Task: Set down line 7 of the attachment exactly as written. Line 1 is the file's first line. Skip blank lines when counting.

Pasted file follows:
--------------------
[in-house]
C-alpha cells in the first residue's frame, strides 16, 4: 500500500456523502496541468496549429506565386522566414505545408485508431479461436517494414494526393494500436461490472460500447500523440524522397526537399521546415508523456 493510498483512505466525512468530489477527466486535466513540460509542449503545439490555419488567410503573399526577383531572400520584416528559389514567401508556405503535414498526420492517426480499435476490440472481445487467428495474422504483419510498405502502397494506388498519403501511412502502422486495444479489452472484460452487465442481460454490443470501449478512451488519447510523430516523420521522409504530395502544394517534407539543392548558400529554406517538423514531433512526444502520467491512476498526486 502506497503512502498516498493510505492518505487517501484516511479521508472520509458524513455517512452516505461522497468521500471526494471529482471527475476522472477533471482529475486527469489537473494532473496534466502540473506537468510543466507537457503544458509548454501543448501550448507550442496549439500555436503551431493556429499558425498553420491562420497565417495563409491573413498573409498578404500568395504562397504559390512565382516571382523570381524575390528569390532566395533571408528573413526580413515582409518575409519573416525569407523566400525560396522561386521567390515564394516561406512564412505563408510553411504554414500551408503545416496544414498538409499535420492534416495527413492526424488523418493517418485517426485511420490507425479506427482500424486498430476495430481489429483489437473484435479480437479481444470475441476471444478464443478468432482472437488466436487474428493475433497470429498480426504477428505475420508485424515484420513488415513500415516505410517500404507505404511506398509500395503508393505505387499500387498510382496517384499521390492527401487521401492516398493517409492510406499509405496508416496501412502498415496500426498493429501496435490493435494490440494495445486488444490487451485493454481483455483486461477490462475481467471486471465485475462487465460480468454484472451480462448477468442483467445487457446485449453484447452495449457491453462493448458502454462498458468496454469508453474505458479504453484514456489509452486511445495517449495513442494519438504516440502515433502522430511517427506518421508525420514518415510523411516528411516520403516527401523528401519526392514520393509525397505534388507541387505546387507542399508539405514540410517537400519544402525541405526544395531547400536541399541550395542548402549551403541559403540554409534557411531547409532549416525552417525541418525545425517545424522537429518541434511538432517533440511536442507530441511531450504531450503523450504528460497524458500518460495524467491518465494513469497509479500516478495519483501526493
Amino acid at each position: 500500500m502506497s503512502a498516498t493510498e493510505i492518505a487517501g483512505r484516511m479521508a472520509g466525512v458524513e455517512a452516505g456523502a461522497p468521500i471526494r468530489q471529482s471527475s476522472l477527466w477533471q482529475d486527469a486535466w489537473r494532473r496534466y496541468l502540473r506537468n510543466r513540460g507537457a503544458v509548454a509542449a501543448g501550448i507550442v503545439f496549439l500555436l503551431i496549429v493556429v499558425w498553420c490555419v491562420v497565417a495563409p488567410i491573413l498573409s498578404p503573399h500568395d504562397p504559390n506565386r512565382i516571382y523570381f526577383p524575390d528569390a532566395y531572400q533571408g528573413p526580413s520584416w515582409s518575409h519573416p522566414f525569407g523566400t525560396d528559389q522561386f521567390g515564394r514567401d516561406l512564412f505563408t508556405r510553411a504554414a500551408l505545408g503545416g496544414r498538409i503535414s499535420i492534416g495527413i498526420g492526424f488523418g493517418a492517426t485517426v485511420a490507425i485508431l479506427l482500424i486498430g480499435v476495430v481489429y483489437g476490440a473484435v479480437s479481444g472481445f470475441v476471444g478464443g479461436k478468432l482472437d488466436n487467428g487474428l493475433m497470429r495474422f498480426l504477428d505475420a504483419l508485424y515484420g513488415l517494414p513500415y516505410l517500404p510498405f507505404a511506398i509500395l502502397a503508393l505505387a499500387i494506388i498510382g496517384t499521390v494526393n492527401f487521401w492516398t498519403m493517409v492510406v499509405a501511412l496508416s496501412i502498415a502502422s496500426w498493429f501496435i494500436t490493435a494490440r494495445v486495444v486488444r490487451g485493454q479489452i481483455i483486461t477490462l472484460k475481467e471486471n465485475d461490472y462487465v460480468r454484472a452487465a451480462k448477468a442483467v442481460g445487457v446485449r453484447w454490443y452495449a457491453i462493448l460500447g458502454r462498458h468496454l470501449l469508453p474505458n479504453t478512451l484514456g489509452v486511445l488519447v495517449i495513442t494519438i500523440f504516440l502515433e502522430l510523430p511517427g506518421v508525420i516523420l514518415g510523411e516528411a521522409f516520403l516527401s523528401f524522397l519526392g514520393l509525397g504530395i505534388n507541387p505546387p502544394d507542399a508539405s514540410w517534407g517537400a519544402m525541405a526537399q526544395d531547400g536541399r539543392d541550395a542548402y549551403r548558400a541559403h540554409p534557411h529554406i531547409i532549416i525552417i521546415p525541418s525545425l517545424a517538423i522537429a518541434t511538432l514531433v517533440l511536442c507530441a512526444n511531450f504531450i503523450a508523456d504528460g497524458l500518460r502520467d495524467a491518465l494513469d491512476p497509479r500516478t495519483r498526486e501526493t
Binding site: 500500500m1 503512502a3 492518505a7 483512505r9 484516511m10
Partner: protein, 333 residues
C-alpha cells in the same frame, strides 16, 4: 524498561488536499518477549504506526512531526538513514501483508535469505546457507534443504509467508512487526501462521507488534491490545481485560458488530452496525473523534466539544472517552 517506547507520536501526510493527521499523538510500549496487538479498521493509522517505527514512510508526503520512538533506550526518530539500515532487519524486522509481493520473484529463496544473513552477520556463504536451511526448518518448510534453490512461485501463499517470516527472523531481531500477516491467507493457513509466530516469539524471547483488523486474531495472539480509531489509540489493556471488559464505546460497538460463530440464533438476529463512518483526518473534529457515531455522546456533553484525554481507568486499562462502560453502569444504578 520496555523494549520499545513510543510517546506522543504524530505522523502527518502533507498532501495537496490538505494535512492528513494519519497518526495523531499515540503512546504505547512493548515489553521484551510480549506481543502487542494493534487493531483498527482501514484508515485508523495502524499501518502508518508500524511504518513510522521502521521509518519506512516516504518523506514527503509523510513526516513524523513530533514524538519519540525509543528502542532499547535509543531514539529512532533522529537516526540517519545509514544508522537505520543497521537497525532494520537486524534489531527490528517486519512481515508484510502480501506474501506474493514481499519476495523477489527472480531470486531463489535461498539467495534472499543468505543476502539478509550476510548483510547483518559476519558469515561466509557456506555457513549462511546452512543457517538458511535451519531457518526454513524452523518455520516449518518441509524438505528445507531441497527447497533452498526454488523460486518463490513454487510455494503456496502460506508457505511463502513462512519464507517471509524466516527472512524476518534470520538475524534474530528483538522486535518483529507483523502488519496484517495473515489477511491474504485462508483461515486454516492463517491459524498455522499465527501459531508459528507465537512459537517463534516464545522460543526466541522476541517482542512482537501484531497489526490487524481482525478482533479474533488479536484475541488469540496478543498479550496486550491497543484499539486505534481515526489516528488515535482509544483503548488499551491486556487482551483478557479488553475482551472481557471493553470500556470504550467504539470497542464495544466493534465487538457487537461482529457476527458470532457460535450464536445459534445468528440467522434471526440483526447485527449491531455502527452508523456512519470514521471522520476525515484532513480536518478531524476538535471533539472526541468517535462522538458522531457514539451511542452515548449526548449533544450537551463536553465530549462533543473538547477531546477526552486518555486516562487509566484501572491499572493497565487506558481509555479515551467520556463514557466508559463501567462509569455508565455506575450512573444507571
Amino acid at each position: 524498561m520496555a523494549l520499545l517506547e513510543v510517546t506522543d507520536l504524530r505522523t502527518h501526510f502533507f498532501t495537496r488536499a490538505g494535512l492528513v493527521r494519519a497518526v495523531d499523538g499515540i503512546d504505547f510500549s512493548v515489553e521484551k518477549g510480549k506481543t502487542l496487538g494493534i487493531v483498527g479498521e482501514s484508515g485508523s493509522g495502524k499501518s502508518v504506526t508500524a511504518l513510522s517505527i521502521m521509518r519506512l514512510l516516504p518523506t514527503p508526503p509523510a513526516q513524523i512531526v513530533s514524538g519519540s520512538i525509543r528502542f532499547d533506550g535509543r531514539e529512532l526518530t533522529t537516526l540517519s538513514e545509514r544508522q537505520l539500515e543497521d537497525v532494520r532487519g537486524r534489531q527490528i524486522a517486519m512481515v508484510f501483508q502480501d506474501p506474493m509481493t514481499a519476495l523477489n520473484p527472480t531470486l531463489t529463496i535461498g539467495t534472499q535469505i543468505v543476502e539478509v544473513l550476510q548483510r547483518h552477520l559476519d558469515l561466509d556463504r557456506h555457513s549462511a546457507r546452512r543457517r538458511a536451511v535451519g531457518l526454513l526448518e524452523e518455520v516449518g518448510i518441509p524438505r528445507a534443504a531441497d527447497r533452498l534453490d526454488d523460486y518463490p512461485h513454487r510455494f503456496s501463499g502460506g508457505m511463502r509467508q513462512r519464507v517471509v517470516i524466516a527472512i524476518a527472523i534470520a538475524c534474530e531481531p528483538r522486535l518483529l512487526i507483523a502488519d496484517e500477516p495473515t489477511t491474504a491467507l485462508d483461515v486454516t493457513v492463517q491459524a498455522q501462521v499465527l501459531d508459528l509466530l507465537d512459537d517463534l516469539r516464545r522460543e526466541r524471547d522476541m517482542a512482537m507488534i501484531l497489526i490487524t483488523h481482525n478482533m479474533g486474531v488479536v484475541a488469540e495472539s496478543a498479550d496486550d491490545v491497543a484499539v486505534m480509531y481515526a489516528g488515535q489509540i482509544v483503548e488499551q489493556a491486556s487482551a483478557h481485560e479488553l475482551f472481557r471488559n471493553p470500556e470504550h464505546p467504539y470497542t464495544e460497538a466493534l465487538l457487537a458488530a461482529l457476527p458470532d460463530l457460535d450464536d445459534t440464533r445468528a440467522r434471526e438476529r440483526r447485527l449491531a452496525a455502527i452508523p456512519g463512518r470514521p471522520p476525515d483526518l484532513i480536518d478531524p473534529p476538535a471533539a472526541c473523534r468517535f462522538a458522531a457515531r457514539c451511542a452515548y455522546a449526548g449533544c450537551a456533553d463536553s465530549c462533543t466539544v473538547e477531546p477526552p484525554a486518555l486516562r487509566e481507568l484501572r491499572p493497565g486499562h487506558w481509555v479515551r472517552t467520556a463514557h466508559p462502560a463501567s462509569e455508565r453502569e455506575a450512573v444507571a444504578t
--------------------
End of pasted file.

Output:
Amino acid at each position: 524498561m520496555a523494549l520499545l517506547e513510543v510517546t506522543d507520536l504524530r505522523t502527518h501526510f502533507f498532501t495537496r488536499a490538505g494535512l492528513v493527521r494519519a497518526v495523531d499523538g499515540i503512546d504505547f510500549s512493548v515489553e521484551k518477549g510480549k506481543t502487542l496487538g494493534i487493531v483498527g479498521e482501514s484508515g485508523s493509522g495502524k499501518s502508518v504506526t508500524a511504518l513510522s517505527i521502521m521509518r519506512l514512510l516516504p518523506t514527503p508526503p509523510a513526516q513524523i512531526v513530533s514524538g519519540s520512538i525509543r528502542f532499547d533506550g535509543r531514539e529512532l526518530t533522529t537516526l540517519s538513514e545509514r544508522q537505520l539500515e543497521d537497525v532494520r532487519g537486524r534489531q527490528i524486522a517486519m512481515v508484510f501483508q502480501d506474501p506474493m509481493t514481499a519476495l523477489n520473484p527472480t531470486l531463489t529463496i535461498g539467495t534472499q535469505i543468505v543476502e539478509v544473513l550476510q548483510r547483518h552477520l559476519d558469515l561466509d556463504r557456506h555457513s549462511a546457507r546452512r543457517r538458511a536451511v535451519g531457518l526454513l526448518e524452523e518455520v516449518g518448510i518441509p524438505r528445507a534443504a531441497d527447497r533452498l534453490d526454488d523460486y518463490p512461485h513454487r510455494f503456496s501463499g502460506g508457505m511463502r509467508q513462512r519464507v517471509v517470516i524466516a527472512i524476518a527472523i534470520a538475524c534474530e531481531p528483538r522486535l518483529l512487526i507483523a502488519d496484517e500477516p495473515t489477511t491474504a491467507l485462508d483461515v486454516t493457513v492463517q491459524a498455522q501462521v499465527l501459531d508459528l509466530l507465537d512459537d517463534l516469539r516464545r522460543e526466541r524471547d522476541m517482542a512482537m507488534i501484531l497489526i490487524t483488523h481482525n478482533m479474533g486474531v488479536v484475541a488469540e495472539s496478543a498479550d496486550d491490545v491497543a484499539v486505534m480509531y481515526a489516528g488515535q489509540i482509544v483503548e488499551q489493556a491486556s487482551a483478557h481485560e479488553l475482551f472481557r471488559n471493553p470500556e470504550h464505546p467504539y470497542t464495544e460497538a466493534l465487538l457487537a458488530a461482529l457476527p458470532d460463530l457460535d450464536d445459534t440464533r445468528a440467522r434471526e438476529r440483526r447485527l449491531a452496525a455502527i452508523p456512519g463512518r470514521p471522520p476525515d483526518l484532513i480536518d478531524p473534529p476538535a471533539a472526541c473523534r468517535f462522538a458522531a457515531r457514539c451511542a452515548y455522546a449526548g449533544c450537551a456533553d463536553s465530549c462533543t466539544v473538547e477531546p477526552p484525554a486518555l486516562r487509566e481507568l484501572r491499572p493497565g486499562h487506558w481509555v479515551r472517552t467520556a463514557h466508559p462502560a463501567s462509569e455508565r453502569e455506575a450512573v444507571a444504578t